As the first business day of 2021 proceeds, the internet is full of predictions. There might be a temptation to play it extremely safe going into another new year, but as PYMNTS CEO Karen Webster pointed out in her commentary this week, the problem with safe predictions is that they border on being truisms, and as such aren’t all that illuminating or educational for anyone reading them.
What’s important, she noted, isn’t reading the crystal ball so much as looking around and seeing that the way we live, work, pay, shop, stay connected, stay healthy and spend our leisure time had been digitizing gradually for years – because that’s what consumers wanted, needed, demanded and have ultimately come to expect.
“Now, digital is the first — and in some cases the only — touchpoint that consumers have with merchants and that businesses have with other businesses. 2021 will be the year businesses recognize that digital isn’t another channel to deploy and manage, but the front door to getting and keeping their customer relationships,” Webster noted.
The year 2021 and beyond has become the “bring it to me” economy, where time is the new highly valued currency – so valuable, in fact, that consumers and businesses are willing to pay money to accrue more of it.
Over the last nine months, PYMNTS surveyed tens of thousands of consumers about their emerging preferences in the pandemic era, and found that the preference for having products delivered versus getting them for themselves has sharply emerged. By a ratio of three to one, consumers chose delivery at a cost over the notion of curbside pickup or in-store pickup for free.
That explosion of interest in the “bring it to me” economy is what notably drove the splashiest IPO of the year: DoorDash. Coming into the market with a rather head-turning and unexpected $713 billion initial valuation, DoorDash saw its business soar to profitability as restaurants were forced to shut down their dining rooms nearly overnight, and needed an incredibly fast integration into the world of online ordering and delivery that DoorDash was uniquely positioned to offer.
“Restaurants are heading into a terrifying winter with no lifelines other than delivery platforms,” MKM Partners analysts told MarketWatch earlier this year.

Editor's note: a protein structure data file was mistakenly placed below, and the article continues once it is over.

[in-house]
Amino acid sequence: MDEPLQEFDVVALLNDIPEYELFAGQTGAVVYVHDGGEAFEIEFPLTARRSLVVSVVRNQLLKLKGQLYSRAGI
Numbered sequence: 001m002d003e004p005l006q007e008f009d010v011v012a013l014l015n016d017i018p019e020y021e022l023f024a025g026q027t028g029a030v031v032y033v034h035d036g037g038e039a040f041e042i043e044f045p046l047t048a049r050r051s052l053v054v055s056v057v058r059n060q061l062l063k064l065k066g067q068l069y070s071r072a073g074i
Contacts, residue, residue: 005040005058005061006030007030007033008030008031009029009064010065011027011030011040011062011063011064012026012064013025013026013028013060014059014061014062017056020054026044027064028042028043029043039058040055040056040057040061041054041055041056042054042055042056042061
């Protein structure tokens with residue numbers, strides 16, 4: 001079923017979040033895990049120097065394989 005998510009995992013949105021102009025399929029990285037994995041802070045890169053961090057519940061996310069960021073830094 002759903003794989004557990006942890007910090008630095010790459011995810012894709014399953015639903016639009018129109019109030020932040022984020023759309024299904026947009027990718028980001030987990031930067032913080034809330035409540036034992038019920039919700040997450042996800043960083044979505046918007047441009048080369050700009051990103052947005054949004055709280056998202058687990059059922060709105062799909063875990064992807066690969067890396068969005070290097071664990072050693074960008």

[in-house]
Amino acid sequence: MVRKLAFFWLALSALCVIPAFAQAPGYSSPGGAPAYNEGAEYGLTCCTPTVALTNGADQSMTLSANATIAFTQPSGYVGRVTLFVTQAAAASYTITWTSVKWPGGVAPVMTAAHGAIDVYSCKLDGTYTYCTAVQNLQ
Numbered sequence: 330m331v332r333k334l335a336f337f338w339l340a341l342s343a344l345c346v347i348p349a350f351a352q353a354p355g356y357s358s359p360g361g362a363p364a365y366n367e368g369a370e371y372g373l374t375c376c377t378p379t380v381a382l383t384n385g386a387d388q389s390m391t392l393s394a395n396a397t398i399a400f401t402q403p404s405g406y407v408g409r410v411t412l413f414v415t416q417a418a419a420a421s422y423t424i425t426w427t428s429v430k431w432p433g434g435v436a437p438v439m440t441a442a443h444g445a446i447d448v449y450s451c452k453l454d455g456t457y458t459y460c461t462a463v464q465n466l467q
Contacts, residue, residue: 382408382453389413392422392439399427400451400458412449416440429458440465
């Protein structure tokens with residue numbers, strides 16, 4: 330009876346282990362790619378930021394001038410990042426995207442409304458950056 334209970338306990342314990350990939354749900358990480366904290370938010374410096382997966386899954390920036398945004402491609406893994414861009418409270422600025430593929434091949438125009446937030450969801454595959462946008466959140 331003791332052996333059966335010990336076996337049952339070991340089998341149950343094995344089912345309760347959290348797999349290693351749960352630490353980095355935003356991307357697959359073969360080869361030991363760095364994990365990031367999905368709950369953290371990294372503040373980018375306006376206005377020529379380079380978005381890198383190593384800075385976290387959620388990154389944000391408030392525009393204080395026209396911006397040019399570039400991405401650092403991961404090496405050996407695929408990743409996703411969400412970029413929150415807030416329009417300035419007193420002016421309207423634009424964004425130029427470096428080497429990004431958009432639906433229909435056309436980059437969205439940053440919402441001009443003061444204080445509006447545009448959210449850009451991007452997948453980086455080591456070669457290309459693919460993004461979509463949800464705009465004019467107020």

It should be noted, however, that DoorDash’s big, booming entrance into the public markets has not been quite enough to silence the skeptics who noted that DoorDash has to prove that it can operate as a profitable firm without the blowing wind of COVID-19 at its back.
“It’s just like Zoom. They’ve benefited from a massive disruption to the system,” Paytronix CEO Andrew Robbins told Karen Webster shortly after the IPO. “The reality is that’s going to ease. People like to go back to their old behaviors, so that’ll happen. But some of what’s here will remain, and it will be interesting to see exactly how much and what they can do with it.”
But Robbins and Webster agreed aside from the fate of DoorDash and its competitors in the food aggregator space, the sea change in the digitization of the dining industry is not a temporary phase in response to a crisis – it’s how people eat now. DoorDash may not always be ascendant, but the need for speed and optionality enabled by digital tools is going absolutely nowhere.
It’s a reality made increasingly obvious by the ever-expanding vertical reach of the “bring it to me” economy. The autonomous delivery startup Nuro has received permission to launch commercial driverless services on public roads in California, making it the first firm cleared to do so by the state DMV, according to TechCrunch. The new permit will allow Nuro to operate commercial services — meaning it can charge for delivery — in San Mateo and Santa Clara counties. So far, a specific partner city has not been named.
“Issuing the first deployment permit is a significant milestone in the evolution of autonomous vehicles in California,” DMV Director Steve Gordon said in a press release. “We will continue to keep the safety of the motoring public in mind as this technology develops.”
And develop it will, with an ever-expanding reach. As Sylvain Perrier, president and CEO of Mercatus, noted in the company’s annual predictions for RIS, the changes kicked off by the pandemic are now gaining speed as opposed to rolling back.
“As the pandemic continues, more grocers and CPGs will adopt intelligent automation to handle the growing demand for scarce products in certain categories,” Perrier said. “Grocers will also continue investing in automation that powers efficient, contactless services such as automated checkout, fulfillment technologies (micro-fulfillment centers), central-fulfillment centers and picker robots, and driverless delivery vehicles. And as grocers scale up their eCommerce operations, they’ll be focusing specifically on fulfillment technology to efficiently power their CPG-sponsored promotions and newly launched auto-replenishment programs.”
If all goes as hoped, 2021 will see consumers get some relief from the pandemic and have a richer array of choices returned to their lives. But as the data and the development of the market indicate, those choices will be increasingly digital – and will be premised on consumers who are seeking convenience and willing to pay a bit extra to get it.
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